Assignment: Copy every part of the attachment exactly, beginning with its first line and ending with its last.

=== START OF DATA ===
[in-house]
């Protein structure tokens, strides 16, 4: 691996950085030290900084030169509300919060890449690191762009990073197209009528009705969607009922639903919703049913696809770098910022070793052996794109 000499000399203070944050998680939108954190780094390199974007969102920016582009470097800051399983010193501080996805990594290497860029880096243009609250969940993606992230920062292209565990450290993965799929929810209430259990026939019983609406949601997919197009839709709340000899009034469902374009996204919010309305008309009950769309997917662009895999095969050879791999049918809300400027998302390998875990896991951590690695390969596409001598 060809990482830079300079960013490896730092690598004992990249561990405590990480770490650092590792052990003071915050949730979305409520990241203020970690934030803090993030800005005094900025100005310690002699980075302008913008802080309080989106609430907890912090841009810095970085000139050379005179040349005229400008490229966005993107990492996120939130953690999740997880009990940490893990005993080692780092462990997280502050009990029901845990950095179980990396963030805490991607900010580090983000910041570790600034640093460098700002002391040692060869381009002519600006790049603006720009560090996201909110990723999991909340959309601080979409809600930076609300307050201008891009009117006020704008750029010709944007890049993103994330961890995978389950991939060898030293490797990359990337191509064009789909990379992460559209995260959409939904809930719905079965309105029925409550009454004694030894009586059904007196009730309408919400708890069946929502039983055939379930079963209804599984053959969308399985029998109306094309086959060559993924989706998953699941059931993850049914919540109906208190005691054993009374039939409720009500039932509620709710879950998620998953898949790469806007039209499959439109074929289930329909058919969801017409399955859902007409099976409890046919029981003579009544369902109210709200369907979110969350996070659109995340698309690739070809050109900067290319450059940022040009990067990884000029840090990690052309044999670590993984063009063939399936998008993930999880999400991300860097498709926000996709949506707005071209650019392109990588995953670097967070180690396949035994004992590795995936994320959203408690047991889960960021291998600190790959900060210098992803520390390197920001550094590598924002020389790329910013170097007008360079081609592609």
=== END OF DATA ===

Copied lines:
[in-house]
């Protein structure tokens, strides 16, 4: 691996950085030290900084030169509300919060890449690191762009990073197209009528009705969607009922639903919703049913696809770098910022070793052996794109 000499000399203070944050998680939108954190780094390199974007969102920016582009470097800051399983010193501080996805990594290497860029880096243009609250969940993606992230920062292209565990450290993965799929929810209430259990026939019983609406949601997919197009839709709340000899009034469902374009996204919010309305008309009950769309997917662009895999095969050879791999049918809300400027998302390998875990896991951590690695390969596409001598 060809990482830079300079960013490896730092690598004992990249561990405590990480770490650092590792052990003071915050949730979305409520990241203020970690934030803090993030800005005094900025100005310690002699980075302008913008802080309080989106609430907890912090841009810095970085000139050379005179040349005229400008490229966005993107990492996120939130953690999740997880009990940490893990005993080692780092462990997280502050009990029901845990950095179980990396963030805490991607900010580090983000910041570790600034640093460098700002002391040692060869381009002519600006790049603006720009560090996201909110990723999991909340959309601080979409809600930076609300307050201008891009009117006020704008750029010709944007890049993103994330961890995978389950991939060898030293490797990359990337191509064009789909990379992460559209995260959409939904809930719905079965309105029925409550009454004694030894009586059904007196009730309408919400708890069946929502039983055939379930079963209804599984053959969308399985029998109306094309086959060559993924989706998953699941059931993850049914919540109906208190005691054993009374039939409720009500039932509620709710879950998620998953898949790469806007039209499959439109074929289930329909058919969801017409399955859902007409099976409890046919029981003579009544369902109210709200369907979110969350996070659109995340698309690739070809050109900067290319450059940022040009990067990884000029840090990690052309044999670590993984063009063939399936998008993930999880999400991300860097498709926000996709949506707005071209650019392109990588995953670097967070180690396949035994004992590795995936994320959203408690047991889960960021291998600190790959900060210098992803520390390197920001550094590598924002020389790329910013170097007008360079081609592609």